LOUISA MINKIN / FRANCIS SUMMERS
28.01.12 > 12.02.12
NO GALLERY SHOW.
We hope you are well.
We are thinking about St. Jerome. We are addressing him as a thought-image, a figure in pictures that allows us to pose our thoughts, a figure that can allow the framework of some ideas, an excuse for an articulation. A figure as a fly-trap, perhaps, a sticky surface of contiguity more than a substantial body. More than religious history and the recent revival of certain saints as figures of materialist militancy, we are interested in the places in which he is pictured and how these locations operate together; the possible movements between them. We are thinking about how Jerome oscillates between spaces of connection and disconnection, how he poses a dual practice of wandering as desertion and studied contemplation as transformation.
He is often pictured in a study at a desk, occupying the place of connection. Here he disseminates the biblical word into different languages, making it available to more general use. Here he is at work, ensuring the flow of knowledge. He is a multilingual historian who produces chronicles and hagiographies; a father of provenance and patrimony who translates the bible into the vulgate, pushing its dissemination further and further afield. He is also an ascetic anchorite who exiles himself to the Syrian desert, beating himself with a rock to assuage his erotic visions.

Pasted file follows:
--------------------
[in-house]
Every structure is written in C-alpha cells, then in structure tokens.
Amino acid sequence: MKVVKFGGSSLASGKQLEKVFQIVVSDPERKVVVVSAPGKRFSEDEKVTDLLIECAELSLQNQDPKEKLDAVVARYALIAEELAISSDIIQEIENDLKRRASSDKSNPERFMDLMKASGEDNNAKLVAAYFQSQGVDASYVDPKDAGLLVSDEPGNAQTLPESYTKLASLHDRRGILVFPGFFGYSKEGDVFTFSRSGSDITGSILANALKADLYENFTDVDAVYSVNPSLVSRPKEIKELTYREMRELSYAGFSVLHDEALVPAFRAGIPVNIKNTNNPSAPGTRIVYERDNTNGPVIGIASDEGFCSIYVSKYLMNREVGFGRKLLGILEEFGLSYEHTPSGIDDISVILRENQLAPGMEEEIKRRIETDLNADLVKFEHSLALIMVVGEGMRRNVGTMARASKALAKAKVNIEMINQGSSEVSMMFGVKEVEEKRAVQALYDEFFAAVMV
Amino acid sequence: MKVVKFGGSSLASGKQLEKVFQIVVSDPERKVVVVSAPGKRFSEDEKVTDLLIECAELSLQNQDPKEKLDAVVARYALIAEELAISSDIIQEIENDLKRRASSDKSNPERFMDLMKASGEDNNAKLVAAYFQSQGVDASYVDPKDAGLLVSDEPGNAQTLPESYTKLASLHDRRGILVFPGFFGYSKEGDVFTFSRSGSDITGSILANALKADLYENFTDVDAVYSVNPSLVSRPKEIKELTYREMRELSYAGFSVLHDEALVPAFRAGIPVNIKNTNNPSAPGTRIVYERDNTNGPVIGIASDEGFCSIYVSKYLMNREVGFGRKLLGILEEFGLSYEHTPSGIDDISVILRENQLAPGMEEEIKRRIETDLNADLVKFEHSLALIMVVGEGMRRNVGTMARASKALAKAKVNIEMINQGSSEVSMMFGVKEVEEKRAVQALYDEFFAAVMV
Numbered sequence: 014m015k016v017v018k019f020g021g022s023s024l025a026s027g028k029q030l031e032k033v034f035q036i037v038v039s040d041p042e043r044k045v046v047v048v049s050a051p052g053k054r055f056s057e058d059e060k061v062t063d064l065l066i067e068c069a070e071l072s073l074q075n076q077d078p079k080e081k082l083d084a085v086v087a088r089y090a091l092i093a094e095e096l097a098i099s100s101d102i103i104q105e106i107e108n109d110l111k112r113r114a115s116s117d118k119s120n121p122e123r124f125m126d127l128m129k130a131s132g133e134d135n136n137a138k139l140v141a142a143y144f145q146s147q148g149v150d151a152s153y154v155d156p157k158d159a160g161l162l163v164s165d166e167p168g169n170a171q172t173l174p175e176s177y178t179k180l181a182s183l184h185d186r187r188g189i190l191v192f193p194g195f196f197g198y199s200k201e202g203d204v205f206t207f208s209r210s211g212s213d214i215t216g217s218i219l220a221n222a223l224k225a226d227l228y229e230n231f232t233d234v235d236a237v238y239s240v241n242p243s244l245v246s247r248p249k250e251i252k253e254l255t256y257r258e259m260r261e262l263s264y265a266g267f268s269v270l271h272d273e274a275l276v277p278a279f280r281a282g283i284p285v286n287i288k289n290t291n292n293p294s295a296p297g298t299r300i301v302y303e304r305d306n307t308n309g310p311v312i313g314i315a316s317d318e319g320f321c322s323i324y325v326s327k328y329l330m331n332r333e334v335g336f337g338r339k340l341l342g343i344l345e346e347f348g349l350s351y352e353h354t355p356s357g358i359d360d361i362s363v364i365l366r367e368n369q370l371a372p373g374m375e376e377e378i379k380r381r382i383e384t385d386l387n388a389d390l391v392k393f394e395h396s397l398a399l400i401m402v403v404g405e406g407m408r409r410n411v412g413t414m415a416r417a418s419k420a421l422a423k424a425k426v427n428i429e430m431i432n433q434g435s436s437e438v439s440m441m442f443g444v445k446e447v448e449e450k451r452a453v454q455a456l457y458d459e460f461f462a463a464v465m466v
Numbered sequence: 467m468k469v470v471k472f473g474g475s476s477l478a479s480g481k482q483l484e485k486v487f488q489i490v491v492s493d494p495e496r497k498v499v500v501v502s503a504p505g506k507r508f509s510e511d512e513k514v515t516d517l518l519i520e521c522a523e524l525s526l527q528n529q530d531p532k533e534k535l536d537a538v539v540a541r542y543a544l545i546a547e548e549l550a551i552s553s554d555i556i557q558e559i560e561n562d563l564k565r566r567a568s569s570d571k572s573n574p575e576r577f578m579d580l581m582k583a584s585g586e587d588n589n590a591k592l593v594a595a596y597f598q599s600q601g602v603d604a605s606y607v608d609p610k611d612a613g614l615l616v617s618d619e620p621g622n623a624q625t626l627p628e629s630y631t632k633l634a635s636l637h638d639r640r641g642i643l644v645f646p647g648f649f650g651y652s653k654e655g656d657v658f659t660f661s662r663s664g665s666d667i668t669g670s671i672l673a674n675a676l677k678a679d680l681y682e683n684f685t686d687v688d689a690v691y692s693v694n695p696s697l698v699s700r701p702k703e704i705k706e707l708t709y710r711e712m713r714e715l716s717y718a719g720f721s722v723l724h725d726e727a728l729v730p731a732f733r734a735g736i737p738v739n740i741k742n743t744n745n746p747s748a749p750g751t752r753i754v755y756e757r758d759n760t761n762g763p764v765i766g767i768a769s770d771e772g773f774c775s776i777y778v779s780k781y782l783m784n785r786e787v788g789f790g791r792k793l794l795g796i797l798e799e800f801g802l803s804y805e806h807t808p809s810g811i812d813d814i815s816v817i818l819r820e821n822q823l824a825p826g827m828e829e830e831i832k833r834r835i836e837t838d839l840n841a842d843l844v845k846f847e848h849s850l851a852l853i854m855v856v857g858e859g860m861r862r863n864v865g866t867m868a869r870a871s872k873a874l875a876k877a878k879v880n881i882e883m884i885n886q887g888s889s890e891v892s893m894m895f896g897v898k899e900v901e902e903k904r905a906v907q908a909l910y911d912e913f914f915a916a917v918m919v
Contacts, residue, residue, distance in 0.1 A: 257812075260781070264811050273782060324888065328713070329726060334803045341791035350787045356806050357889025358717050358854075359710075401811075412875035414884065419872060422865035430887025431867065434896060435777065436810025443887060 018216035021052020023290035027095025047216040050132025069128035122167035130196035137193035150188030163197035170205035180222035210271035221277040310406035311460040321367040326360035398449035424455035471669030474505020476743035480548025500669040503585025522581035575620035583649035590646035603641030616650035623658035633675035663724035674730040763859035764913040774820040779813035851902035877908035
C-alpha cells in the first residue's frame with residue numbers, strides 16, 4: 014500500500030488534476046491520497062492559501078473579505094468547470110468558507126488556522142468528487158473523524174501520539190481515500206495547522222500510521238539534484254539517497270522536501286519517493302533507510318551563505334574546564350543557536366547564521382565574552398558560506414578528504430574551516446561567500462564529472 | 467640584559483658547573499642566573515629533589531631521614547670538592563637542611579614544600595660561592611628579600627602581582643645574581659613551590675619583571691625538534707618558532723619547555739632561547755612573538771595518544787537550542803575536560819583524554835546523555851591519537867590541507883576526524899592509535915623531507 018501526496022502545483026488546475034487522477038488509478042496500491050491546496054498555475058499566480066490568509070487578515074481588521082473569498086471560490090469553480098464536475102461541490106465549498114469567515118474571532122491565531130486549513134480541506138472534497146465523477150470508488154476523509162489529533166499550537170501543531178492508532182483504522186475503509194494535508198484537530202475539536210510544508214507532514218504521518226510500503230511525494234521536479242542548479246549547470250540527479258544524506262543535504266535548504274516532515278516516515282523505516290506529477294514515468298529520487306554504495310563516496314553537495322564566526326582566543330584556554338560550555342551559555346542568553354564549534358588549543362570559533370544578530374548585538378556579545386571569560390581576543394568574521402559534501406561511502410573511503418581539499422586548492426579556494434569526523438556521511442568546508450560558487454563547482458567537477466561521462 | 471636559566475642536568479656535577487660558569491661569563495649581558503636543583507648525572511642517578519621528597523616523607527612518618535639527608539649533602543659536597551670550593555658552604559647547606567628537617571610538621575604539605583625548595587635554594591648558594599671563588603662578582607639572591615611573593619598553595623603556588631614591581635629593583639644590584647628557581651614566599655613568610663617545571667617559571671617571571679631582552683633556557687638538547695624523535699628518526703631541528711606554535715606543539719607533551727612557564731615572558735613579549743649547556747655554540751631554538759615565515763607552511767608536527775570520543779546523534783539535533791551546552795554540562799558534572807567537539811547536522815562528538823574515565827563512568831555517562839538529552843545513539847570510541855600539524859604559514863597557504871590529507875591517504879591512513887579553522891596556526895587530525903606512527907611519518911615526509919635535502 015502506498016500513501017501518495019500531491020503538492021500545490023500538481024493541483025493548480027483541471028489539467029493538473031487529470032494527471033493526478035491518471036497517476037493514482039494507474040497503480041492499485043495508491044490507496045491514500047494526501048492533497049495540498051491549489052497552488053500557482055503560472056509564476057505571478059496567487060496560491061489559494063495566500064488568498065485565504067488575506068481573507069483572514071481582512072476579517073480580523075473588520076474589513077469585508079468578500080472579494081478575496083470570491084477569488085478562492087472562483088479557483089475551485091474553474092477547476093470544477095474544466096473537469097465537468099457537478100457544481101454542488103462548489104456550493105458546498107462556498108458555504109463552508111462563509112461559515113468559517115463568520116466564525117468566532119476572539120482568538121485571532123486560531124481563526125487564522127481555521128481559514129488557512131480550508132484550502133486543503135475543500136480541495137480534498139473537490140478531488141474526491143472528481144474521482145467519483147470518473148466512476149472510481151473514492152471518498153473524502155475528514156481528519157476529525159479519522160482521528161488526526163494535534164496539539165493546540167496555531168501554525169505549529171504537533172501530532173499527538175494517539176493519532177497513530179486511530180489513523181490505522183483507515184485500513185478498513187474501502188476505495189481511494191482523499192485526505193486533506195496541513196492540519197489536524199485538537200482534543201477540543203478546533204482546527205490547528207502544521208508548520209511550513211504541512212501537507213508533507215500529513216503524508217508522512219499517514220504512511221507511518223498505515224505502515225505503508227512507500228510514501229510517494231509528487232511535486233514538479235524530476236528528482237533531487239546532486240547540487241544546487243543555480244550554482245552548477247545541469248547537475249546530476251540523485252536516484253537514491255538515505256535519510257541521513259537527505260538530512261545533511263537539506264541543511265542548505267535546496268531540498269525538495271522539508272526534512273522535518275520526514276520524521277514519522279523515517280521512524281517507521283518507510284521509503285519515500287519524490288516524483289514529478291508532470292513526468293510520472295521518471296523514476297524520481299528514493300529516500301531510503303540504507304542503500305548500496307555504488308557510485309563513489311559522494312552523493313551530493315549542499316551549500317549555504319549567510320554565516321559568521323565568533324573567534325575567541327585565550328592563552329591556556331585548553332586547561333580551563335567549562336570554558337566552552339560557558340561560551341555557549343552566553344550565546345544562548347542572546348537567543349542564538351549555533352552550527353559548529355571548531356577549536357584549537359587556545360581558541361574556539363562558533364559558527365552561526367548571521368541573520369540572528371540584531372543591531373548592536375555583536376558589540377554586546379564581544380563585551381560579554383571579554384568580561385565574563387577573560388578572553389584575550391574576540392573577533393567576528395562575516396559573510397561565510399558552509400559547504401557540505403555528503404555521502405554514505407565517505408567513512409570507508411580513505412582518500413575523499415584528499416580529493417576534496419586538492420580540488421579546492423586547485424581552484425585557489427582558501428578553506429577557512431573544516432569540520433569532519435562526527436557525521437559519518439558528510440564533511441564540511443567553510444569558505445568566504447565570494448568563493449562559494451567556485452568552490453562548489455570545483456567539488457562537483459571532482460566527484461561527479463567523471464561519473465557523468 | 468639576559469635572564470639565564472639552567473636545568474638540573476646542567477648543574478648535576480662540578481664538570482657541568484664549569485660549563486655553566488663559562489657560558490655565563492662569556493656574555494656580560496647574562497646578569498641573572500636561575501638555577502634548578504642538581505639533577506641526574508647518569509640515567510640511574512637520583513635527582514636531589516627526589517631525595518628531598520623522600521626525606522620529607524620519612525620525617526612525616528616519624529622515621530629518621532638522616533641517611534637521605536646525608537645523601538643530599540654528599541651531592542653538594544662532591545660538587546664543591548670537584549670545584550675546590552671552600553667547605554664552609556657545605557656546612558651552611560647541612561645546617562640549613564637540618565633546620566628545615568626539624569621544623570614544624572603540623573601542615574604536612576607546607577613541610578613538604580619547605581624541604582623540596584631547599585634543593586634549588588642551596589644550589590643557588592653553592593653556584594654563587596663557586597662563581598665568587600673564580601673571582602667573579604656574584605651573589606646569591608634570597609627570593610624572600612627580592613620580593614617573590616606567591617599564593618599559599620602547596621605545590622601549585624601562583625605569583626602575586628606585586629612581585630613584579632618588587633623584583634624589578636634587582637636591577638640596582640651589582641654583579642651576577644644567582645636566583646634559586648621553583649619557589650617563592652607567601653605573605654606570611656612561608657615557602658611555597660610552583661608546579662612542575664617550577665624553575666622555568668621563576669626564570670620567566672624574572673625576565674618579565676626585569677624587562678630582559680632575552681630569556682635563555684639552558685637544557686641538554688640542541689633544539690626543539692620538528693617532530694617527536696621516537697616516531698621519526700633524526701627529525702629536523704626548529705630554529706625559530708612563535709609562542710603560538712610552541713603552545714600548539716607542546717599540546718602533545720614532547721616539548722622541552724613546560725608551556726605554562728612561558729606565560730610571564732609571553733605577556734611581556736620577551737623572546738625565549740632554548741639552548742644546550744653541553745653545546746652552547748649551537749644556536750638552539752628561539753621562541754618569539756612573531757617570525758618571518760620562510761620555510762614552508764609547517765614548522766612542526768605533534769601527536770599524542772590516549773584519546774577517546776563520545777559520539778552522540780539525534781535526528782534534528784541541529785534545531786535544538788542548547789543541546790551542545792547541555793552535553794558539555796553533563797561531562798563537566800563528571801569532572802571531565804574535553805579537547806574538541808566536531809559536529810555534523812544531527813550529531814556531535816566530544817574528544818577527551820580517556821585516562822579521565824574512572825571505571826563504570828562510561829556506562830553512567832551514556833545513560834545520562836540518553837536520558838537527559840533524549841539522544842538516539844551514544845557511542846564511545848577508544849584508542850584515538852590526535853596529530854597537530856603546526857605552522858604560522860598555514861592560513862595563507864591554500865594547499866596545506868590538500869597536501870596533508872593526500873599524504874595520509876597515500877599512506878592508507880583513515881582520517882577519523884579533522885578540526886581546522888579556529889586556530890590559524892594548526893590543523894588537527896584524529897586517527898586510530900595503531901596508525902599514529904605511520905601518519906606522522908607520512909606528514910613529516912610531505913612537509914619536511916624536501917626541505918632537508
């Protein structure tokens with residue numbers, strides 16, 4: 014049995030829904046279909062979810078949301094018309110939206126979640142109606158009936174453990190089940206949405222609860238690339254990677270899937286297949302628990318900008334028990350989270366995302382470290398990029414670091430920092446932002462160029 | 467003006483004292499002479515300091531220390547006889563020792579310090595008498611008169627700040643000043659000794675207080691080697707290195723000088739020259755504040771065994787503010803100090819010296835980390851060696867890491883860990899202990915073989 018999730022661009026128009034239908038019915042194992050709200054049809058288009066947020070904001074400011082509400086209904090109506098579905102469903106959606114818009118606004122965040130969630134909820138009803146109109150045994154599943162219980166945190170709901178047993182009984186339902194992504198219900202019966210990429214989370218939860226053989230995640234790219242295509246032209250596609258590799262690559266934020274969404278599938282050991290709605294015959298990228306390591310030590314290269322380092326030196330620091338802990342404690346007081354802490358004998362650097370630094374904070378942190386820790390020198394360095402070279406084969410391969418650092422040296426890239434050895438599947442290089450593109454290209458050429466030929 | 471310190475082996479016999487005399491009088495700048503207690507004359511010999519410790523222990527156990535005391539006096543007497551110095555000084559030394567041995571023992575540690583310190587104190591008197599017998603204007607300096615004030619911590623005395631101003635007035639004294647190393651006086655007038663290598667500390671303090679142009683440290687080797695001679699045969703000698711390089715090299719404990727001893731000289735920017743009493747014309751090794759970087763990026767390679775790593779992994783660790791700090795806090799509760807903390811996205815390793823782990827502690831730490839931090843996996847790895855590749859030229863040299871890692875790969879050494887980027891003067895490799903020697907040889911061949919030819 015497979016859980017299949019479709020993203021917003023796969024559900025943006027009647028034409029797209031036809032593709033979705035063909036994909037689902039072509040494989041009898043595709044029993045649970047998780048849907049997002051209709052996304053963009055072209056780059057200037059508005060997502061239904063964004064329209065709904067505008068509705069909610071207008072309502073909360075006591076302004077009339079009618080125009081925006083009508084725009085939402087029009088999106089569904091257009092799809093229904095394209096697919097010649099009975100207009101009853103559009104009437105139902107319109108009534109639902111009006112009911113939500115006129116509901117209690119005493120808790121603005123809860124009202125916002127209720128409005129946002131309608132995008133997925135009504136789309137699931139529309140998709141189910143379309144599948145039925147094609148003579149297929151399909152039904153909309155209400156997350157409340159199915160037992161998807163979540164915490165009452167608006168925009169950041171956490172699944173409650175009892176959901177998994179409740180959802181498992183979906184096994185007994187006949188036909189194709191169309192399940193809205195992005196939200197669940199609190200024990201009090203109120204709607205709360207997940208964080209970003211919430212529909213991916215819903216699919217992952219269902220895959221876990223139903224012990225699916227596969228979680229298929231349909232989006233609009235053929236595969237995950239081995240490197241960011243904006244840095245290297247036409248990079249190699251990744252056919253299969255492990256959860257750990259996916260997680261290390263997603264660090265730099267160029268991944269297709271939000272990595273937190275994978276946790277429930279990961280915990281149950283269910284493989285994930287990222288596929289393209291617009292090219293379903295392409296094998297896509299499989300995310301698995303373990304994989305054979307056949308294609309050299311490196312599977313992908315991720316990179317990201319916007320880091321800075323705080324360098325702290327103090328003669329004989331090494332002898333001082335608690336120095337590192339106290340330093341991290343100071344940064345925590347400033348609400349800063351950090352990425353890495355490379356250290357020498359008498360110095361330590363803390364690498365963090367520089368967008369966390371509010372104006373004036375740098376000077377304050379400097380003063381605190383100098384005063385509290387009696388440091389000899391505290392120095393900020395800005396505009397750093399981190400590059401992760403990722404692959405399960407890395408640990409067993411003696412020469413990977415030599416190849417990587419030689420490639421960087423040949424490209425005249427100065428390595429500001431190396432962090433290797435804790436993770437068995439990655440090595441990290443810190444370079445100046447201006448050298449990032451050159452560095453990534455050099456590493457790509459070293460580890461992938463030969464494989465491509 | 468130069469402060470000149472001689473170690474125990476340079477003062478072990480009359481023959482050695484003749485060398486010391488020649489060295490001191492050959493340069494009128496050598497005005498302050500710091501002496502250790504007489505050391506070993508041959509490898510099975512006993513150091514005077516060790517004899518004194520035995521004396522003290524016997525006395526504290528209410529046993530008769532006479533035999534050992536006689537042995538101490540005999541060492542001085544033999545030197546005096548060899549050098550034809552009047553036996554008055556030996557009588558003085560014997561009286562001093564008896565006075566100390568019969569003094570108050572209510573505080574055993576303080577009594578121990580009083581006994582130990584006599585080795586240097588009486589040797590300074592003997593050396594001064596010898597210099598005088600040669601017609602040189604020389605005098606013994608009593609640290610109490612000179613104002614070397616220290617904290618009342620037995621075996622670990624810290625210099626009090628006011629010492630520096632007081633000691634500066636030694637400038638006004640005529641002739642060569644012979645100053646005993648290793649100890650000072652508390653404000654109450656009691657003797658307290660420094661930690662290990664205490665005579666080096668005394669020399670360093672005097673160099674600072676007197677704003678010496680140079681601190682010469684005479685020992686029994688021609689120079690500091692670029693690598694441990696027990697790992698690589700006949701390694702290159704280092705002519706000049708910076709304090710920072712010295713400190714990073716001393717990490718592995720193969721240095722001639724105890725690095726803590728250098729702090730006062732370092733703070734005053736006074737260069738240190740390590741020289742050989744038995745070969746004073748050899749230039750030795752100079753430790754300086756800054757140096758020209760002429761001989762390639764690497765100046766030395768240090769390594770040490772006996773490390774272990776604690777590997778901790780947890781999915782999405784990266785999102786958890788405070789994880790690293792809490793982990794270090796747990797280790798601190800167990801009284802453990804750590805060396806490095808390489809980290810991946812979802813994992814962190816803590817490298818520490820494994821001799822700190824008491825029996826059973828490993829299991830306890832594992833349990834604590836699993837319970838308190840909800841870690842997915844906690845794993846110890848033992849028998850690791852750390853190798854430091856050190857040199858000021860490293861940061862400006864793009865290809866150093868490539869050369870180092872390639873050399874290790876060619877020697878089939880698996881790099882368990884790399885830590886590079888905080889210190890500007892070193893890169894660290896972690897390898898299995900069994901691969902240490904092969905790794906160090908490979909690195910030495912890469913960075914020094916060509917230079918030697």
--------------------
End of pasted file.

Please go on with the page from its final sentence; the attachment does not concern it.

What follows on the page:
In this guise he is pictured in the wilderness: the desert where he would turn away from the world. Here he meets and befriends the lion that becomes one of his most pictured emblems. This desert of the early Christians is lousy with hermits, heaped upon pillars and dressed in filthy rags as a matter of disciplining attention. This desert is uncertain ground, shifting its contour, neither concrete nor stable. It swallows idols, abrades boundaries, and clogs airways. It chokes and parches. The sand shifts, defying the red pen of nation state cartographers, closing over the lines, flowing back into itself, indivisible by nature.
To think of the desert is to think of a double valence. We turn to Retort's invocation of Tacitus: 'They make a desert and call it peace'... States are deeply war machines, and the peace they make is the peace of pacification. Always they are in search of better ways of making a desert. Such a desert is a place without life, a permanent peace as permanent war as total pacification. This desert is growing. This is a desert created by bombs, but also by social relations, by the organisation of time and space to manage possible forms-of-life. The tanks keep rolling into the desert, at home and abroad, the war machines are ever present as steel and as the iron-gripped management of appearance, the meticulous control of the public sphere. This is a desert of imagination, a desert of sense, an austere desert of possiblities. The desert here is also the wilderness of utopian deferral, the cold impossibility of acting upon the here and now whilst holding out for a better future. In the face of this deferral we re-encounter the motto No Future for Us. These bleak words remind us of the necessary desire to work on matters in the present tense.